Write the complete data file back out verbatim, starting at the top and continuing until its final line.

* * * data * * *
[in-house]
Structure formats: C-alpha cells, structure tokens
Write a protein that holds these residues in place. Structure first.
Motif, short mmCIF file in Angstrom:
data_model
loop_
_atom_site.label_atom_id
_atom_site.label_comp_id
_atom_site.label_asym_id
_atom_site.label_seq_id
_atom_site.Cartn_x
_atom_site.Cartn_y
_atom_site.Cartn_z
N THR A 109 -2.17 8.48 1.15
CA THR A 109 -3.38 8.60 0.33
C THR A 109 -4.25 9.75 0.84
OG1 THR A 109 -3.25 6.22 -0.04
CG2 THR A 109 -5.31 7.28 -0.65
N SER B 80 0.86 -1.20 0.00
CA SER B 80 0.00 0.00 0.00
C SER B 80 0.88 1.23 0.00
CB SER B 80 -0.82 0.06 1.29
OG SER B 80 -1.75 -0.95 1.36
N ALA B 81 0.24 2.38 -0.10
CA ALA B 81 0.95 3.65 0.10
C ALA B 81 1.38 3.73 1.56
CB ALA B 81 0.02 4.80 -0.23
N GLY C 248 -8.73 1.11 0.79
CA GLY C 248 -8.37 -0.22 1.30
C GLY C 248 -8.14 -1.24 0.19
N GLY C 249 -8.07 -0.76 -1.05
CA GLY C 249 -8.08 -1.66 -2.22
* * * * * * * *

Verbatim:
[in-house]
Structure formats: C-alpha cells, structure tokens
Write a protein that holds these residues in place. Structure first.
Motif, short mmCIF file in Angstrom:
data_model
loop_
_atom_site.label_atom_id
_atom_site.label_comp_id
_atom_site.label_asym_id
_atom_site.label_seq_id
_atom_site.Cartn_x
_atom_site.Cartn_y
_atom_site.Cartn_z
N THR A 109 -2.17 8.48 1.15
CA THR A 109 -3.38 8.60 0.33
C THR A 109 -4.25 9.75 0.84
OG1 THR A 109 -3.25 6.22 -0.04
CG2 THR A 109 -5.31 7.28 -0.65
N SER B 80 0.86 -1.20 0.00
CA SER B 80 0.00 0.00 0.00
C SER B 80 0.88 1.23 0.00
CB SER B 80 -0.82 0.06 1.29
OG SER B 80 -1.75 -0.95 1.36
N ALA B 81 0.24 2.38 -0.10
CA ALA B 81 0.95 3.65 0.10
C ALA B 81 1.38 3.73 1.56
CB ALA B 81 0.02 4.80 -0.23
N GLY C 248 -8.73 1.11 0.79
CA GLY C 248 -8.37 -0.22 1.30
C GLY C 248 -8.14 -1.24 0.19
N GLY C 249 -8.07 -0.76 -1.05
CA GLY C 249 -8.08 -1.66 -2.22